Moses was not yet satisfied, he continued to urge objections, and he said: "O Lord of the world, Thou wouldst charge me with the task of chastising Egypt and redeeming Israel, and I am ready to be Thy messenger. But is it seemly that a man should execute two errands at once? Nay, my Lord, for this two men are needed." God made answer, and said, "Moses, I know well whom thou hast in mind with thy request, to be thy companion in the mission I assign to thee. Know, therefore, that the holy spirit hath already come upon thy brother Aaron, and even now he is awaiting thee on the way of Egypt, and when his eyes rest upon thee he will rejoice."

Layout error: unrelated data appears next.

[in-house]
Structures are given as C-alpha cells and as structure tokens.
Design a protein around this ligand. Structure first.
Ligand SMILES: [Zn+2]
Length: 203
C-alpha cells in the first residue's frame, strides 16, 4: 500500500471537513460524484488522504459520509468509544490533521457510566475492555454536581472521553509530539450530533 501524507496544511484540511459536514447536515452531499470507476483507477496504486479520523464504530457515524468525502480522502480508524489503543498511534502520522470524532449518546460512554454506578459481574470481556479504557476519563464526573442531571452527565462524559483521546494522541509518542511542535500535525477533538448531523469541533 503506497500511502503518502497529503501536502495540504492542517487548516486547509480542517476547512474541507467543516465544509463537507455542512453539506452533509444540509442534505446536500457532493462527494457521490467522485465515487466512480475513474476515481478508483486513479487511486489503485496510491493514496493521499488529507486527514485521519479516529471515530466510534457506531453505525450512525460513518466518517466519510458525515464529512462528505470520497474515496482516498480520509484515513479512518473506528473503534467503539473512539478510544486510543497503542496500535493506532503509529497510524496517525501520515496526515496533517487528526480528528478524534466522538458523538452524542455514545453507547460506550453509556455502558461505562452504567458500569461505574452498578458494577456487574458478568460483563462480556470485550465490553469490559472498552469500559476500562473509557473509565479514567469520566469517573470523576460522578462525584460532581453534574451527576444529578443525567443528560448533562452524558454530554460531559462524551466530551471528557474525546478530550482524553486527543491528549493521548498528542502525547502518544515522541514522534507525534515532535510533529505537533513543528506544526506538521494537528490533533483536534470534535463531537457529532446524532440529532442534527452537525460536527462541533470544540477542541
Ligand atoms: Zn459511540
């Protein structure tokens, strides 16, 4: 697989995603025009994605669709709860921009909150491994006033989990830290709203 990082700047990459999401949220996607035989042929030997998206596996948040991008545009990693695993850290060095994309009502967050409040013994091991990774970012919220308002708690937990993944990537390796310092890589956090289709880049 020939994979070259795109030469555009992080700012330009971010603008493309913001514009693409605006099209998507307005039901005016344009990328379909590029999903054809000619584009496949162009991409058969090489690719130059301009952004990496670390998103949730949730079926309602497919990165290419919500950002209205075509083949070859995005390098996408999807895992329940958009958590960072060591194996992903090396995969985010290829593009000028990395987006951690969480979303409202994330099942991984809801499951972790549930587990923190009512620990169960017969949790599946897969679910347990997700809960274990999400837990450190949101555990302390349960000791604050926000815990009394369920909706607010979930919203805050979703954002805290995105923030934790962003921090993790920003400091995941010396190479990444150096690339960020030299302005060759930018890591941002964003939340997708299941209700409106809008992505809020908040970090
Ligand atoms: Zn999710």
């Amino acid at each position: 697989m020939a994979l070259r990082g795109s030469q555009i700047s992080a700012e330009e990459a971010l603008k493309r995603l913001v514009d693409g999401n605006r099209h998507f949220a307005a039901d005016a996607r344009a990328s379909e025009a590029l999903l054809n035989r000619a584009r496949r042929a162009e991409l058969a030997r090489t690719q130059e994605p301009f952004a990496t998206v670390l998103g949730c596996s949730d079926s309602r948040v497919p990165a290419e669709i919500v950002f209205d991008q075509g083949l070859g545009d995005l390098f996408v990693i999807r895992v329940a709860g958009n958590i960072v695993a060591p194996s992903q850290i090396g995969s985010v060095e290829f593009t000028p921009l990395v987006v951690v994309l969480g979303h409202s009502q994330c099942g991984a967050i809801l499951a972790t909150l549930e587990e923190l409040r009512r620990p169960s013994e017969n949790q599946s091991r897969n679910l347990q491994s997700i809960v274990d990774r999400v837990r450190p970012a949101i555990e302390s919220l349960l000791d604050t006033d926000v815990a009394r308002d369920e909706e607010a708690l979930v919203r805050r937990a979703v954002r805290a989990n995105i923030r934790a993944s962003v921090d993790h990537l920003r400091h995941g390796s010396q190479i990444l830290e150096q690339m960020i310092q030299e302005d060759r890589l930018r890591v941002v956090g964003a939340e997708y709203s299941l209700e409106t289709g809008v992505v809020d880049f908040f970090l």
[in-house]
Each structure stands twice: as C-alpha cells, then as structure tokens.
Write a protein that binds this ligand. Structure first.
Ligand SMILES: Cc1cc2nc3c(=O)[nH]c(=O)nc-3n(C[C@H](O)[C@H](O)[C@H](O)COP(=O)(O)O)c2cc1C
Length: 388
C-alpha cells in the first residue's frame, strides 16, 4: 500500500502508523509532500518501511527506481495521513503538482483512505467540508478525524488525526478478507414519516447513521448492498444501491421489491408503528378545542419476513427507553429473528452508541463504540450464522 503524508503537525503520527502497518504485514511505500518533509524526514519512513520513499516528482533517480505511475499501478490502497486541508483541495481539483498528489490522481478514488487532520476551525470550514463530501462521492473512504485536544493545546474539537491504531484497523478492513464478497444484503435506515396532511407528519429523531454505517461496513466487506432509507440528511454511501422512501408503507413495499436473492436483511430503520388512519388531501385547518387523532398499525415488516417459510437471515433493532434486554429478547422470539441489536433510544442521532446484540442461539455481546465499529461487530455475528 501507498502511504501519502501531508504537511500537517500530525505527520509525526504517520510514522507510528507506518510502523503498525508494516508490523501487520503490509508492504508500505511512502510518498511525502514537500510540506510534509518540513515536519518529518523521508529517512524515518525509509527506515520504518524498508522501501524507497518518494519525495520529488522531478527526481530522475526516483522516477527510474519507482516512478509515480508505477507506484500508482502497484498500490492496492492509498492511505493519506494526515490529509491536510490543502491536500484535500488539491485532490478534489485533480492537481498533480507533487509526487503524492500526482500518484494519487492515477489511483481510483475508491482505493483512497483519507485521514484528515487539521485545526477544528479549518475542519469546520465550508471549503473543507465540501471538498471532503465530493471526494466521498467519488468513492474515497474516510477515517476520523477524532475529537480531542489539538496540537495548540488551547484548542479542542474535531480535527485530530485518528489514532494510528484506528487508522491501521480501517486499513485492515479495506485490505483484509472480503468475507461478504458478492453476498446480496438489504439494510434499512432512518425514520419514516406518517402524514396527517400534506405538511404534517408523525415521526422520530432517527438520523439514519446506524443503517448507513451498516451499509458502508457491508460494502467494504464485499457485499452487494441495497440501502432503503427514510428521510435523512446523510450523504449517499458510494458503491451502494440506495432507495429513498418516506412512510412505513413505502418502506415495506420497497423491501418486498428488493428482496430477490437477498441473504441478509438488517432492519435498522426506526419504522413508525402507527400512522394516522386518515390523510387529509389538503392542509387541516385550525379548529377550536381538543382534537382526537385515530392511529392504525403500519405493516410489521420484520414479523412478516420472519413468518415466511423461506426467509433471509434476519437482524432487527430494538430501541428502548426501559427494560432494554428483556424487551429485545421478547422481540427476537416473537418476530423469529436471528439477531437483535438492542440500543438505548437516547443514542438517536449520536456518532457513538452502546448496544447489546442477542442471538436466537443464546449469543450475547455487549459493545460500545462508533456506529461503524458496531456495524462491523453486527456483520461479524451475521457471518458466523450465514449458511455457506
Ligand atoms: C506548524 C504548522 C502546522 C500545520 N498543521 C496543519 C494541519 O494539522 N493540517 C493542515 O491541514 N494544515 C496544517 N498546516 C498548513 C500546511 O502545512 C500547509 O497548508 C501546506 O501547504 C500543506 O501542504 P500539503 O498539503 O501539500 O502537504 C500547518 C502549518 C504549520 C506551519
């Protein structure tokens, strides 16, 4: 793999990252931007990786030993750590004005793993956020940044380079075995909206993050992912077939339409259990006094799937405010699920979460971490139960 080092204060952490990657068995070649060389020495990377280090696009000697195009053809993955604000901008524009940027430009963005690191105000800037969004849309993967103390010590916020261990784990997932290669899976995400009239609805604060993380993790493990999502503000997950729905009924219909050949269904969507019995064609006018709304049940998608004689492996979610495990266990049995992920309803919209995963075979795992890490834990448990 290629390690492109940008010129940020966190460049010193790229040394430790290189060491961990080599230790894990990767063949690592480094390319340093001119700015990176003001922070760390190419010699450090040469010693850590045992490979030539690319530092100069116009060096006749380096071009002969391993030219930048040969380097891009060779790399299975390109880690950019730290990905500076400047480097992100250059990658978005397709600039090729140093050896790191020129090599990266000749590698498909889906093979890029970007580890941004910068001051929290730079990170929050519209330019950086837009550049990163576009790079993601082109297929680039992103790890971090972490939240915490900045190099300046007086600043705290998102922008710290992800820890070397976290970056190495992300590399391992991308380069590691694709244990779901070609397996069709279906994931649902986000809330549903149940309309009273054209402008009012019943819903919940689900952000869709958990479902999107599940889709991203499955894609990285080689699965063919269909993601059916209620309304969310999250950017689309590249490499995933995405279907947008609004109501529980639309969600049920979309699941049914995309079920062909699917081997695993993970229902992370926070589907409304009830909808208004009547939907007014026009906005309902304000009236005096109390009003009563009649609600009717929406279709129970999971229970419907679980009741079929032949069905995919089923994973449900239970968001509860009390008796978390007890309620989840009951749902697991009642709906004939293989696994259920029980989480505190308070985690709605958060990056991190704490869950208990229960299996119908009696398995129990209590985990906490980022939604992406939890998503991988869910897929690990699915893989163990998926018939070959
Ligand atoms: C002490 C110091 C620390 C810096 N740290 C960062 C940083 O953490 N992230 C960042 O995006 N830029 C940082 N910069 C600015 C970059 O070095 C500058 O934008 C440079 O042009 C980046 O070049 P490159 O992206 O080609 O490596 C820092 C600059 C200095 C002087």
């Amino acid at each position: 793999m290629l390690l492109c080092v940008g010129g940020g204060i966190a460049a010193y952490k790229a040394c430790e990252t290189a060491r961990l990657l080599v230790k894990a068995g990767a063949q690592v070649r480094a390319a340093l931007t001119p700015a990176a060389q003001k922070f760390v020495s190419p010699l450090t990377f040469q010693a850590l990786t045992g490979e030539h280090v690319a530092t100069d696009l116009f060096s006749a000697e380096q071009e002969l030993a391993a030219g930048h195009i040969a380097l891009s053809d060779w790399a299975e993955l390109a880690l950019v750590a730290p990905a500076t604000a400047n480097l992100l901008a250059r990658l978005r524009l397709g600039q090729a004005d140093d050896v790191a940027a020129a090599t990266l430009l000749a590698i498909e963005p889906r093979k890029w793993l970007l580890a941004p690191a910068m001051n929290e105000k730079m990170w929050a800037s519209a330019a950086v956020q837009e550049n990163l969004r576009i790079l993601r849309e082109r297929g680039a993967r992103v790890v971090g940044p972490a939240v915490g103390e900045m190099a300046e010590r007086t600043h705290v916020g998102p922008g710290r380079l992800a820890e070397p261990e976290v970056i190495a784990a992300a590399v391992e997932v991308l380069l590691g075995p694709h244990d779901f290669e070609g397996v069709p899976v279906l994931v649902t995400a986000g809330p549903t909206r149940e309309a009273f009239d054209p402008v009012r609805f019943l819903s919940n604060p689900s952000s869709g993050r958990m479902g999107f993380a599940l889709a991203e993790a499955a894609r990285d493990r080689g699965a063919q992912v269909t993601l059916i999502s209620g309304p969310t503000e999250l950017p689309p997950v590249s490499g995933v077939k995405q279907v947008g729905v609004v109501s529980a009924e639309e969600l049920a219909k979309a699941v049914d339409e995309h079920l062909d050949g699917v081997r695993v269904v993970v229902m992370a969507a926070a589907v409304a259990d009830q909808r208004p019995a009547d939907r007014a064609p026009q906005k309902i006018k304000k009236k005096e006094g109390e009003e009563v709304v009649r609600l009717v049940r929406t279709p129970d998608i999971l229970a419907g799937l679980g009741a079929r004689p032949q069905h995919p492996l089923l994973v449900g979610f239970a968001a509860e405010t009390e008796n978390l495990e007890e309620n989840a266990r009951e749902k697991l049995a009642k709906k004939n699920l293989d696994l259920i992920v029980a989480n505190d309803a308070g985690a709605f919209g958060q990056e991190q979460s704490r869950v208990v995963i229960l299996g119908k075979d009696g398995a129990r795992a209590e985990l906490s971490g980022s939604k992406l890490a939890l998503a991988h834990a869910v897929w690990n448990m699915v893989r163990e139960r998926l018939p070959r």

Furthermore God spake to Moses, saying, "When I appeared unto thee the first time, thou wast meek, and didst hide thy face, not to see the vision. Whence cometh now this effrontery of thine, that thou addressest Me as a servant his master? Thou speakest too many words by far. Perchance thou thinkest I have no messengers, hosts, seraphim, ofanim, ministering angels, and Merkabah wheels, to send to Egypt, to bring My children thence, that thou sayest, 'Send by the hand of him whom Thou wilt send.' In sooth, thou deservest severe chastisement. But what can I do, seeing that I am the Master of mercy? If thou escapest unpunished, thou owest it to thy father Amram, who rendered great services in behalf of the preservation of the Israelitish people in Egypt."